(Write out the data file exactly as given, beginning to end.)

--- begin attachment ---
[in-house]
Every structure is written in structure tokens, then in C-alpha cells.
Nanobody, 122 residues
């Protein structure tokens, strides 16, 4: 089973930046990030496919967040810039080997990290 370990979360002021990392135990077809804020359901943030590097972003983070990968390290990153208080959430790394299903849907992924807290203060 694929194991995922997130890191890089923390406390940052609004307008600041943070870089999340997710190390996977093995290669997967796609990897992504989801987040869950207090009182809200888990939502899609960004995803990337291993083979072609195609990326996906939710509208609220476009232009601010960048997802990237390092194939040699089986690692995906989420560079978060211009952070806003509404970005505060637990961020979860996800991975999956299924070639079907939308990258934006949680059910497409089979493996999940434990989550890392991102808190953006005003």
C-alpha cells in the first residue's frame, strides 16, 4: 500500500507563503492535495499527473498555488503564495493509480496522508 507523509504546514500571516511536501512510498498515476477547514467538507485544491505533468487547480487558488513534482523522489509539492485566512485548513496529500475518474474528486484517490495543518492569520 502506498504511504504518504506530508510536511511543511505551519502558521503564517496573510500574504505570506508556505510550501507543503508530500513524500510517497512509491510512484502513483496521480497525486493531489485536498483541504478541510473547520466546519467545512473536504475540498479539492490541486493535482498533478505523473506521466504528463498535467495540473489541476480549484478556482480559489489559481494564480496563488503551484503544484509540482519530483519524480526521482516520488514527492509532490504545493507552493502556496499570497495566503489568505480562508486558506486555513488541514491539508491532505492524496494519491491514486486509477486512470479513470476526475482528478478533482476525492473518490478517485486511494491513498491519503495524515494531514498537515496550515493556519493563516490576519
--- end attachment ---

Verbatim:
[in-house]
Every structure is written in structure tokens, then in C-alpha cells.
Nanobody, 122 residues
């Protein structure tokens, strides 16, 4: 089973930046990030496919967040810039080997990290 370990979360002021990392135990077809804020359901943030590097972003983070990968390290990153208080959430790394299903849907992924807290203060 694929194991995922997130890191890089923390406390940052609004307008600041943070870089999340997710190390996977093995290669997967796609990897992504989801987040869950207090009182809200888990939502899609960004995803990337291993083979072609195609990326996906939710509208609220476009232009601010960048997802990237390092194939040699089986690692995906989420560079978060211009952070806003509404970005505060637990961020979860996800991975999956299924070639079907939308990258934006949680059910497409089979493996999940434990989550890392991102808190953006005003």
C-alpha cells in the first residue's frame, strides 16, 4: 500500500507563503492535495499527473498555488503564495493509480496522508 507523509504546514500571516511536501512510498498515476477547514467538507485544491505533468487547480487558488513534482523522489509539492485566512485548513496529500475518474474528486484517490495543518492569520 502506498504511504504518504506530508510536511511543511505551519502558521503564517496573510500574504505570506508556505510550501507543503508530500513524500510517497512509491510512484502513483496521480497525486493531489485536498483541504478541510473547520466546519467545512473536504475540498479539492490541486493535482498533478505523473506521466504528463498535467495540473489541476480549484478556482480559489489559481494564480496563488503551484503544484509540482519530483519524480526521482516520488514527492509532490504545493507552493502556496499570497495566503489568505480562508486558506486555513488541514491539508491532505492524496494519491491514486486509477486512470479513470476526475482528478478533482476525492473518490478517485486511494491513498491519503495524515494531514498537515496550515493556519493563516490576519